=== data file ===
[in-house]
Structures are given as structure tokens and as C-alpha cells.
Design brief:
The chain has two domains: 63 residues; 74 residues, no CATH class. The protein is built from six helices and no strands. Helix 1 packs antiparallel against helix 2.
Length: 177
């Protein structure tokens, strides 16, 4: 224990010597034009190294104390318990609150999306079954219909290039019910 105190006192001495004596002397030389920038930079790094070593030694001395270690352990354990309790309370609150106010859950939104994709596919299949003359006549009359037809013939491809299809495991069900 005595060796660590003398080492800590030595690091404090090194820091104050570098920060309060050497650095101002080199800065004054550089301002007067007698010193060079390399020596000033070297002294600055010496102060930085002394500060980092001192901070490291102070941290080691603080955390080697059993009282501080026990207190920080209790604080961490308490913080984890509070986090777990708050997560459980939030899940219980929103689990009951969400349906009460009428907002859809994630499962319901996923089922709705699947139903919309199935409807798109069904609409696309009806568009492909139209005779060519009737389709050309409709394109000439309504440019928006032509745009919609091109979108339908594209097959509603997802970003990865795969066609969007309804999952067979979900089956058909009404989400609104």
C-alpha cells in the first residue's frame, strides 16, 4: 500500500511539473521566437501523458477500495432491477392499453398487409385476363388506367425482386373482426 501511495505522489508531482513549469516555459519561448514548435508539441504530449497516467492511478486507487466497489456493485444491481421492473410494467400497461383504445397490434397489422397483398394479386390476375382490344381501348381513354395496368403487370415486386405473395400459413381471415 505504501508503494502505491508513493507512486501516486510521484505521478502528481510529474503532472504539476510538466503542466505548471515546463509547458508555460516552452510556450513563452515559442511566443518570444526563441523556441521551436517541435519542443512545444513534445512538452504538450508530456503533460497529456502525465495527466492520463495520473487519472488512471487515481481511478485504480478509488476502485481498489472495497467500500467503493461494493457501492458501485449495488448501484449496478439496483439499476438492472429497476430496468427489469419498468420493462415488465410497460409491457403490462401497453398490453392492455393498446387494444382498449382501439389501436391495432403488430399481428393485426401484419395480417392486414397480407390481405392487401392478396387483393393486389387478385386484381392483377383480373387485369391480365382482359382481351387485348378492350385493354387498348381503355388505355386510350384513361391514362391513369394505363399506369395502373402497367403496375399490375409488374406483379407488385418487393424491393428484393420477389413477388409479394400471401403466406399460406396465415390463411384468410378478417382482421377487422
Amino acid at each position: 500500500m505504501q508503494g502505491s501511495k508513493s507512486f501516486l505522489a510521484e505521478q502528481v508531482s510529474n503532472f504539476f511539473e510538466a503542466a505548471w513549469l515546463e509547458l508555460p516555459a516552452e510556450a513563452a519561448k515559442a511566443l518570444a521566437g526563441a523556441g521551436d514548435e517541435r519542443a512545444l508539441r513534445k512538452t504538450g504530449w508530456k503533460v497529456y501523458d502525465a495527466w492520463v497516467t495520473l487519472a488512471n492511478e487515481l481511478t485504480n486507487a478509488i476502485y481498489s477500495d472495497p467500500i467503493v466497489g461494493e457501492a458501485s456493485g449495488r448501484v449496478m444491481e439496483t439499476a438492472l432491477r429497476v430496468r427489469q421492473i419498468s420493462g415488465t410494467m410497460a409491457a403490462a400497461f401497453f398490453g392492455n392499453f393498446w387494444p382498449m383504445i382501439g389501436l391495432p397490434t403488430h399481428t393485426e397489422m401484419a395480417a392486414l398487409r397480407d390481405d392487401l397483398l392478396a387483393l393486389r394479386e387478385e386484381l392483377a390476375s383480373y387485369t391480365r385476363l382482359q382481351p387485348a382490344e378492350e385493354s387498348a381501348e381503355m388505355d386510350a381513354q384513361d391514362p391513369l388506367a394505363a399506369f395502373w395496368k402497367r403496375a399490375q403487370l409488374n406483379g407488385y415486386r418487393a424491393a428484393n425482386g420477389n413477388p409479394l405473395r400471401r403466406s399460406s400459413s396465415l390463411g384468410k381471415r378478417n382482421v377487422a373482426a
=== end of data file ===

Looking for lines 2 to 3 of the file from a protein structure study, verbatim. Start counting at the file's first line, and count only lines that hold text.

Structures are given as structure tokens and as C-alpha cells.
Design brief: